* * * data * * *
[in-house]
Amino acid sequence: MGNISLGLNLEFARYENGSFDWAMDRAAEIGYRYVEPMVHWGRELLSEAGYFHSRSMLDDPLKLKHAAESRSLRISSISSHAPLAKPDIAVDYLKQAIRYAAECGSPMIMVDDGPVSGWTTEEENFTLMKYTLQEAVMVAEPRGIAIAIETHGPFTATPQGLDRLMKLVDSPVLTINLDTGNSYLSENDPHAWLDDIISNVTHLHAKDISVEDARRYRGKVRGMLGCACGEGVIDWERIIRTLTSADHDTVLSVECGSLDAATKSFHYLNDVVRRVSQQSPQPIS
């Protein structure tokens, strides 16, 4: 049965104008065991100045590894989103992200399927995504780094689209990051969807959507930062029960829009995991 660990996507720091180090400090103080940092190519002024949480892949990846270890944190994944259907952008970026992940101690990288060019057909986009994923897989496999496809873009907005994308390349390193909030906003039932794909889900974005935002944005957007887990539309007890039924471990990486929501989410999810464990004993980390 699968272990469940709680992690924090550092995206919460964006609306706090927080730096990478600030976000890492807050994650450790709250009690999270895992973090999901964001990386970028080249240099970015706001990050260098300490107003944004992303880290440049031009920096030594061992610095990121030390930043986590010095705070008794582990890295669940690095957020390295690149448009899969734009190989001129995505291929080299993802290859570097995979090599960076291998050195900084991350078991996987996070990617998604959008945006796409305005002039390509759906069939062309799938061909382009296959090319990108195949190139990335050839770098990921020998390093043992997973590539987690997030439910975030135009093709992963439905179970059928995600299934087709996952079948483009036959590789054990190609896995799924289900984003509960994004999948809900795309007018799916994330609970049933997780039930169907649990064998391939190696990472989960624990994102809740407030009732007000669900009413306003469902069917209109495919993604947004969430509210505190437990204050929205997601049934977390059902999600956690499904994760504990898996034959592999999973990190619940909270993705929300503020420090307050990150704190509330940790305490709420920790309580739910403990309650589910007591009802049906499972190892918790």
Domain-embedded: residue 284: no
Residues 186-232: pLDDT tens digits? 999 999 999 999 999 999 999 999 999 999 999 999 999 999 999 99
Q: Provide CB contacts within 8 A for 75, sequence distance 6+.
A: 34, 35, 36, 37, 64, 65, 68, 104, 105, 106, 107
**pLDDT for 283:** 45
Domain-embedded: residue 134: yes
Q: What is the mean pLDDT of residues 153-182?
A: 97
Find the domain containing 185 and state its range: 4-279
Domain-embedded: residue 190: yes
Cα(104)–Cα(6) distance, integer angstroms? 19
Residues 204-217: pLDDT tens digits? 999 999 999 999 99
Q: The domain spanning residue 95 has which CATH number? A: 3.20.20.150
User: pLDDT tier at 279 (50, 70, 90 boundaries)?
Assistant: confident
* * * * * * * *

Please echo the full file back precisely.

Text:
[in-house]
Amino acid sequence: MGNISLGLNLEFARYENGSFDWAMDRAAEIGYRYVEPMVHWGRELLSEAGYFHSRSMLDDPLKLKHAAESRSLRISSISSHAPLAKPDIAVDYLKQAIRYAAECGSPMIMVDDGPVSGWTTEEENFTLMKYTLQEAVMVAEPRGIAIAIETHGPFTATPQGLDRLMKLVDSPVLTINLDTGNSYLSENDPHAWLDDIISNVTHLHAKDISVEDARRYRGKVRGMLGCACGEGVIDWERIIRTLTSADHDTVLSVECGSLDAATKSFHYLNDVVRRVSQQSPQPIS
């Protein structure tokens, strides 16, 4: 049965104008065991100045590894989103992200399927995504780094689209990051969807959507930062029960829009995991 660990996507720091180090400090103080940092190519002024949480892949990846270890944190994944259907952008970026992940101690990288060019057909986009994923897989496999496809873009907005994308390349390193909030906003039932794909889900974005935002944005957007887990539309007890039924471990990486929501989410999810464990004993980390 699968272990469940709680992690924090550092995206919460964006609306706090927080730096990478600030976000890492807050994650450790709250009690999270895992973090999901964001990386970028080249240099970015706001990050260098300490107003944004992303880290440049031009920096030594061992610095990121030390930043986590010095705070008794582990890295669940690095957020390295690149448009899969734009190989001129995505291929080299993802290859570097995979090599960076291998050195900084991350078991996987996070990617998604959008945006796409305005002039390509759906069939062309799938061909382009296959090319990108195949190139990335050839770098990921020998390093043992997973590539987690997030439910975030135009093709992963439905179970059928995600299934087709996952079948483009036959590789054990190609896995799924289900984003509960994004999948809900795309007018799916994330609970049933997780039930169907649990064998391939190696990472989960624990994102809740407030009732007000669900009413306003469902069917209109495919993604947004969430509210505190437990204050929205997601049934977390059902999600956690499904994760504990898996034959592999999973990190619940909270993705929300503020420090307050990150704190509330940790305490709420920790309580739910403990309650589910007591009802049906499972190892918790």
Domain-embedded: residue 284: no
Residues 186-232: pLDDT tens digits? 999 999 999 999 999 999 999 999 999 999 999 999 999 999 999 99
Q: Provide CB contacts within 8 A for 75, sequence distance 6+.
A: 34, 35, 36, 37, 64, 65, 68, 104, 105, 106, 107
**pLDDT for 283:** 45
Domain-embedded: residue 134: yes
Q: What is the mean pLDDT of residues 153-182?
A: 97
Find the domain containing 185 and state its range: 4-279
Domain-embedded: residue 190: yes
Cα(104)–Cα(6) distance, integer angstroms? 19
Residues 204-217: pLDDT tens digits? 999 999 999 999 99
Q: The domain spanning residue 95 has which CATH number? A: 3.20.20.150
User: pLDDT tier at 279 (50, 70, 90 boundaries)?
Assistant: confident